Stocks, on the other hand, are much more volatile in their performance patterns. Some years they surge, other years they plummet. But over long-term periods, like three to five years or longer, stocks have historically proved to be a reliable vehicle for growth.

The 3 goals of 60/40: What the stock/bond mix is supposed to do: 1. Growth from your stocks; 2. Protection from your bonds against the periodic drawdowns in stock markets; 3. Some steady coupon income from your bonds

5 times that 60/40 fell short

While 60/40 is a logical solution, the mix still has windows of poor performance. Market historians can point to a number of periods when 60/40 failed to deliver on its three promises.

  • Late 1970s/early 1980s stagflation. Inflation surged in the 1970s, driving interest rates up to record high levels as well. As policymakers worked to contain the supply-side inflation shock, stocks underperformed in the late 70s while bonds struggled in the early 80s. The extended period of bond underperformance weighed on 60/40 returns.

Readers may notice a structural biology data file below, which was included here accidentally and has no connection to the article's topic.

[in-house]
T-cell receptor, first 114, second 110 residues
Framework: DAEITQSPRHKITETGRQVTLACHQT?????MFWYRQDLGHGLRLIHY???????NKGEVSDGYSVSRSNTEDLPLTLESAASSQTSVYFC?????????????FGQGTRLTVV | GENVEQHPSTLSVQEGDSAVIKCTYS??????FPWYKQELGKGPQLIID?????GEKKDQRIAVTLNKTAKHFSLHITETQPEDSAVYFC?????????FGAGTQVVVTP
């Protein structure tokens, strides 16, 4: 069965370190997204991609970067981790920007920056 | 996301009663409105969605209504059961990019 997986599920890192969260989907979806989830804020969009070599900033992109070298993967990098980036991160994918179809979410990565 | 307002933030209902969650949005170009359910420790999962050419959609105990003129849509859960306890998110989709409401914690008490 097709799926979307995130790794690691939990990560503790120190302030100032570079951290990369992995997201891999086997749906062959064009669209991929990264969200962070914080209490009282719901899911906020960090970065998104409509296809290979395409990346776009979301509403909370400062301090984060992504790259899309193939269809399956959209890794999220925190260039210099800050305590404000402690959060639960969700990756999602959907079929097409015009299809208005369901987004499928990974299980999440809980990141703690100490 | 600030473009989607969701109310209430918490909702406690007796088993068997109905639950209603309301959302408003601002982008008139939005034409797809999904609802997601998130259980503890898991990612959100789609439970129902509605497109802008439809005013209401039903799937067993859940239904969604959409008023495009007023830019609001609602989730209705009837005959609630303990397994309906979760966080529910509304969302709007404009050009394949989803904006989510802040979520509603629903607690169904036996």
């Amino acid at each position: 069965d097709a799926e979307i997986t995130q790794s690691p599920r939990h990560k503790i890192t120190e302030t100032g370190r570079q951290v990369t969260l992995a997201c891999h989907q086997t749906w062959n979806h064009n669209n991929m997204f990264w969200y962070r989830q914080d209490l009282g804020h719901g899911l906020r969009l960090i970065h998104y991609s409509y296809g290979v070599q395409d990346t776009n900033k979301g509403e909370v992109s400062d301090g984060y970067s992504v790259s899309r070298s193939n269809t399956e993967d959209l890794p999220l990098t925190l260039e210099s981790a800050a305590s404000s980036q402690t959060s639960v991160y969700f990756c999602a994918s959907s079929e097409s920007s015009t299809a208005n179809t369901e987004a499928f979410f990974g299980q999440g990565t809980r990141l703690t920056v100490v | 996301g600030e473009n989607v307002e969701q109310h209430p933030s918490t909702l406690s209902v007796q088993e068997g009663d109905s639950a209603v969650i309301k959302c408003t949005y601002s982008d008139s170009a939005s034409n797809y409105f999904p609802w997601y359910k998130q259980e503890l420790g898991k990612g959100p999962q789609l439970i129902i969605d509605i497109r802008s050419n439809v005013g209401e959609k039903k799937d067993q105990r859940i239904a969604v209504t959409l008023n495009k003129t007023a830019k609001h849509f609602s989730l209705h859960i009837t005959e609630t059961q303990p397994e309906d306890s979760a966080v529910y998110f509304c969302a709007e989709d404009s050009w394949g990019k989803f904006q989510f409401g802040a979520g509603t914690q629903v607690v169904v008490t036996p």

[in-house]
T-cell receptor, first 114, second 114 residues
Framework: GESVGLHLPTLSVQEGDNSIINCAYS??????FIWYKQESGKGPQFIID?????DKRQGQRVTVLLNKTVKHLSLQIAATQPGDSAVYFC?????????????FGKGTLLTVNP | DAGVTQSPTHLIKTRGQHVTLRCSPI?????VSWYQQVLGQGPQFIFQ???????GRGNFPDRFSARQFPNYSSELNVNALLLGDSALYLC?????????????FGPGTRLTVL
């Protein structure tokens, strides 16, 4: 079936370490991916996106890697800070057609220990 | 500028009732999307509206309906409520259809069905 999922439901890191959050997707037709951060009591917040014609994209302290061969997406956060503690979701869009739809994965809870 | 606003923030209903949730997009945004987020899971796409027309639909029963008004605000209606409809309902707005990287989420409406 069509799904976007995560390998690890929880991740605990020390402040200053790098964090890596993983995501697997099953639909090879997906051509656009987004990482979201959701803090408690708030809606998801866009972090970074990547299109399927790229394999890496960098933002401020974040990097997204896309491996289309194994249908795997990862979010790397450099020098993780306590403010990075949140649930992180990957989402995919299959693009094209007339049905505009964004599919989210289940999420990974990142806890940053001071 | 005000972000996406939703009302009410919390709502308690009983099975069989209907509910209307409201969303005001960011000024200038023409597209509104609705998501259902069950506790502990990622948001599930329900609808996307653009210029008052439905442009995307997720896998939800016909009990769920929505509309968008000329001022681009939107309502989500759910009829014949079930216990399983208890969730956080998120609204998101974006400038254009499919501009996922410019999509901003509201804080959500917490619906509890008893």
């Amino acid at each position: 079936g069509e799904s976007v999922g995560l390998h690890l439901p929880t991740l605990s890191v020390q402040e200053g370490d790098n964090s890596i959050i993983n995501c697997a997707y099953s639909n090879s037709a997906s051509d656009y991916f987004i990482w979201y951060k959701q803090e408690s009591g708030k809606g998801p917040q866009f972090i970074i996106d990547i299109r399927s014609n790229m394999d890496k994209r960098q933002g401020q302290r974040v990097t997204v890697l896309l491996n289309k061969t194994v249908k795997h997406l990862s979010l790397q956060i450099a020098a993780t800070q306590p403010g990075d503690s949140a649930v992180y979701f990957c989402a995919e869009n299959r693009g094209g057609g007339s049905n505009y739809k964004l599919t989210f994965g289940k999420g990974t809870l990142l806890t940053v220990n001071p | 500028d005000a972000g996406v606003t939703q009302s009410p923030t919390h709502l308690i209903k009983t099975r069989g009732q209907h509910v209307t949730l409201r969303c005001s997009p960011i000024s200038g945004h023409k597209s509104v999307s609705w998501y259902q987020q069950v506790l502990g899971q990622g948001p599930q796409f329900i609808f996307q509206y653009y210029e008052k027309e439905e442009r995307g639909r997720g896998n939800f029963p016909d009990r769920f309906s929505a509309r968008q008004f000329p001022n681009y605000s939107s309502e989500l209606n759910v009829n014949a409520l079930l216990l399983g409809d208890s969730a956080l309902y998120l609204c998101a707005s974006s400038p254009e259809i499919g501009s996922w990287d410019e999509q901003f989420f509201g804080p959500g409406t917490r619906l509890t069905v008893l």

• The protracted bear market of 2000-2003 after the dot-com bust. From about 2000 to early 2003, stocks experienced an extended bear market after the implosion of dot-com values. In this environment, a 60/40 portfolio also struggled. Stock bear markets are commonly one year or less. When the losses go on for longer, it’s especially harmful for investors who are drawing down on their accounts at the same time – retirees. If an investor can leave investments untouched to eventually recover, the damage is minimized. But any investor making withdrawals from a declining account is “locking in” losses and missing out on the opportunity of recovery.